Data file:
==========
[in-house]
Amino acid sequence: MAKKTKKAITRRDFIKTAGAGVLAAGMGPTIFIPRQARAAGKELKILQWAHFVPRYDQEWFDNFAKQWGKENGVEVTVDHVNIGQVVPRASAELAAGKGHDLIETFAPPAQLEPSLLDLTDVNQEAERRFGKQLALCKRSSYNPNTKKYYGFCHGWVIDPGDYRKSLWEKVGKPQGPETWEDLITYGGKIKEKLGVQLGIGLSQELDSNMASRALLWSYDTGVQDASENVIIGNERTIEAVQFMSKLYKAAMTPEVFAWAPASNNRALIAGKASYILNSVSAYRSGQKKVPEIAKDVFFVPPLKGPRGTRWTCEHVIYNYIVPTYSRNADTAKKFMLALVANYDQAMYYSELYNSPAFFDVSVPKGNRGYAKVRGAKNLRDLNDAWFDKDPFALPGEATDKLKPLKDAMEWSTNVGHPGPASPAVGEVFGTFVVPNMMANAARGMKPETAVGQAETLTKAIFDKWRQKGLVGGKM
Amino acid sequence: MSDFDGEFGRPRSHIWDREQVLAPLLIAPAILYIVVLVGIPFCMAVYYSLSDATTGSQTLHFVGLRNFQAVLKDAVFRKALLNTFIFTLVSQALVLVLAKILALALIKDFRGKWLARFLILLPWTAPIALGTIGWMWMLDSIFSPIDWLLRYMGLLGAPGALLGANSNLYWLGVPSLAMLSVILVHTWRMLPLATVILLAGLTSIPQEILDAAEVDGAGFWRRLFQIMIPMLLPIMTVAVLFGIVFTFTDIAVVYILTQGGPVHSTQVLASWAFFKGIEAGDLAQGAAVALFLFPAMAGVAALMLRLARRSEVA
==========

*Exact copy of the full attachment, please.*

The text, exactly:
[in-house]
Amino acid sequence: MAKKTKKAITRRDFIKTAGAGVLAAGMGPTIFIPRQARAAGKELKILQWAHFVPRYDQEWFDNFAKQWGKENGVEVTVDHVNIGQVVPRASAELAAGKGHDLIETFAPPAQLEPSLLDLTDVNQEAERRFGKQLALCKRSSYNPNTKKYYGFCHGWVIDPGDYRKSLWEKVGKPQGPETWEDLITYGGKIKEKLGVQLGIGLSQELDSNMASRALLWSYDTGVQDASENVIIGNERTIEAVQFMSKLYKAAMTPEVFAWAPASNNRALIAGKASYILNSVSAYRSGQKKVPEIAKDVFFVPPLKGPRGTRWTCEHVIYNYIVPTYSRNADTAKKFMLALVANYDQAMYYSELYNSPAFFDVSVPKGNRGYAKVRGAKNLRDLNDAWFDKDPFALPGEATDKLKPLKDAMEWSTNVGHPGPASPAVGEVFGTFVVPNMMANAARGMKPETAVGQAETLTKAIFDKWRQKGLVGGKM
Amino acid sequence: MSDFDGEFGRPRSHIWDREQVLAPLLIAPAILYIVVLVGIPFCMAVYYSLSDATTGSQTLHFVGLRNFQAVLKDAVFRKALLNTFIFTLVSQALVLVLAKILALALIKDFRGKWLARFLILLPWTAPIALGTIGWMWMLDSIFSPIDWLLRYMGLLGAPGALLGANSNLYWLGVPSLAMLSVILVHTWRMLPLATVILLAGLTSIPQEILDAAEVDGAGFWRRLFQIMIPMLLPIMTVAVLFGIVFTFTDIAVVYILTQGGPVHSTQVLASWAFFKGIEAGDLAQGAAVALFLFPAMAGVAALMLRLARRSEVA